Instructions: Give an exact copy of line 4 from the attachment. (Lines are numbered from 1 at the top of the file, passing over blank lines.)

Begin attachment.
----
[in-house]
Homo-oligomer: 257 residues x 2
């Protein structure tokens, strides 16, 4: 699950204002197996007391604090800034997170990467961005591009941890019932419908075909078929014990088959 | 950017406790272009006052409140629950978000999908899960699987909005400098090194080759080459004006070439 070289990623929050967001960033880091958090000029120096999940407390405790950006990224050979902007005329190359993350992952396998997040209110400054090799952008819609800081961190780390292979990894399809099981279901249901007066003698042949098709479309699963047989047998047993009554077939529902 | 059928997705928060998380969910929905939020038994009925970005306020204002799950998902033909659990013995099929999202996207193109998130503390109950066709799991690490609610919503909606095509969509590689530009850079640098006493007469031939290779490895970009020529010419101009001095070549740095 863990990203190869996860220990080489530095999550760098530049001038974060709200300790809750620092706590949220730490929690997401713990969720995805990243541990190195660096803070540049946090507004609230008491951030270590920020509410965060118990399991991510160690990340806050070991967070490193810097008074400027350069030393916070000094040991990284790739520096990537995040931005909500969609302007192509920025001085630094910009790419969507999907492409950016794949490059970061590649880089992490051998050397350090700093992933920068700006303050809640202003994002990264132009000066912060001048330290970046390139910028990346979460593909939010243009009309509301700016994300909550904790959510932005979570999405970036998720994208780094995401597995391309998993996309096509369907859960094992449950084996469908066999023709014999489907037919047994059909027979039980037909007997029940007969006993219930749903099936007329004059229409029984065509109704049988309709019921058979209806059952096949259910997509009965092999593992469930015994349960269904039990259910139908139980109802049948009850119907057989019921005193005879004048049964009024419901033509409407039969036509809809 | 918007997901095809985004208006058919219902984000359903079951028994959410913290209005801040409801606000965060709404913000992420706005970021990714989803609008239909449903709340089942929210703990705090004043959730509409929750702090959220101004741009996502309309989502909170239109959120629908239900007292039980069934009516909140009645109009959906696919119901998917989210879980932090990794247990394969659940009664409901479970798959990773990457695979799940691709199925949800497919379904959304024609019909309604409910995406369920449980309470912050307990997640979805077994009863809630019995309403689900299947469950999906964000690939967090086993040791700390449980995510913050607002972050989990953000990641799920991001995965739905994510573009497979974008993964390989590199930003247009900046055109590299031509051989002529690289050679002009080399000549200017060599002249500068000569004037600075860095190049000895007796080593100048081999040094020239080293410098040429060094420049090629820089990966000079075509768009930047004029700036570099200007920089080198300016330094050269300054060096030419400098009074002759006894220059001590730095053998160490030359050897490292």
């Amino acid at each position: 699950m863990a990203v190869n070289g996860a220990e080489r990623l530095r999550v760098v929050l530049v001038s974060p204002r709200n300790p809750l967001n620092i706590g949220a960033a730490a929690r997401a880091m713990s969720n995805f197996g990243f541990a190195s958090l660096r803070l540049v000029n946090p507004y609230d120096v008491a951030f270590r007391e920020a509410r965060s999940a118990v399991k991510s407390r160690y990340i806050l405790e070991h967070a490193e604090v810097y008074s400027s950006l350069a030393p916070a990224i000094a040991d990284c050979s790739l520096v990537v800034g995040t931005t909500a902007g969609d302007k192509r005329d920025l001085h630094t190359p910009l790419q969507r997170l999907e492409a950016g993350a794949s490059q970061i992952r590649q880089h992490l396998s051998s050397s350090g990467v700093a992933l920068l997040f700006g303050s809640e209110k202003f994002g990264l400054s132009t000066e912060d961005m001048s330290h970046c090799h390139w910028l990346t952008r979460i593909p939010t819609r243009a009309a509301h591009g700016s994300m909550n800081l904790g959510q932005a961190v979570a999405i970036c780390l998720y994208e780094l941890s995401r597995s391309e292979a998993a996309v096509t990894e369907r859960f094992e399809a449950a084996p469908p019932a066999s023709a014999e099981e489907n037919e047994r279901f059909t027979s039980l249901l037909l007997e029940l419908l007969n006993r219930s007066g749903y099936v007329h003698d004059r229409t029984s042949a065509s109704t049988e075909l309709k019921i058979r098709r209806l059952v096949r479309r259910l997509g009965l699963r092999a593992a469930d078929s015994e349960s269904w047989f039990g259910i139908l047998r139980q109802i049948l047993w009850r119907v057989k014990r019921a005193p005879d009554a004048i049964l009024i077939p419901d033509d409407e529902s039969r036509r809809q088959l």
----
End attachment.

């Amino acid at each position: 699950m863990a990203v190869n070289g996860a220990e080489r990623l530095r999550v760098v929050l530049v001038s974060p204002r709200n300790p809750l967001n620092i706590g949220a960033a730490a929690r997401a880091m713990s969720n995805f197996g990243f541990a190195s958090l660096r803070l540049v000029n946090p507004y609230d120096v008491a951030f270590r007391e920020a509410r965060s999940a118990v399991k991510s407390r160690y990340i806050l405790e070991h967070a490193e604090v810097y008074s400027s950006l350069a030393p916070a990224i000094a040991d990284c050979s790739l520096v990537v800034g995040t931005t909500a902007g969609d302007k192509r005329d920025l001085h630094t190359p910009l790419q969507r997170l999907e492409a950016g993350a794949s490059q970061i992952r590649q880089h992490l396998s051998s050397s350090g990467v700093a992933l920068l997040f700006g303050s809640e209110k202003f994002g990264l400054s132009t000066e912060d961005m001048s330290h970046c090799h390139w910028l990346t952008r979460i593909p939010t819609r243009a009309a509301h591009g700016s994300m909550n800081l904790g959510q932005a961190v979570a999405i970036c780390l998720y994208e780094l941890s995401r597995s391309e292979a998993a996309v096509t990894e369907r859960f094992e399809a449950a084996p469908p019932a066999s023709a014999e099981e489907n037919e047994r279901f059909t027979s039980l249901l037909l007997e029940l419908l007969n006993r219930s007066g749903y099936v007329h003698d004059r229409t029984s042949a065509s109704t049988e075909l309709k019921i058979r098709r209806l059952v096949r479309r259910l997509g009965l699963r092999a593992a469930d078929s015994e349960s269904w047989f039990g259910i139908l047998r139980q109802i049948l047993w009850r119907v057989k014990r019921a005193p005879d009554a004048i049964l009024i077939p419901d033509d409407e529902s039969r036509r809809q088959l």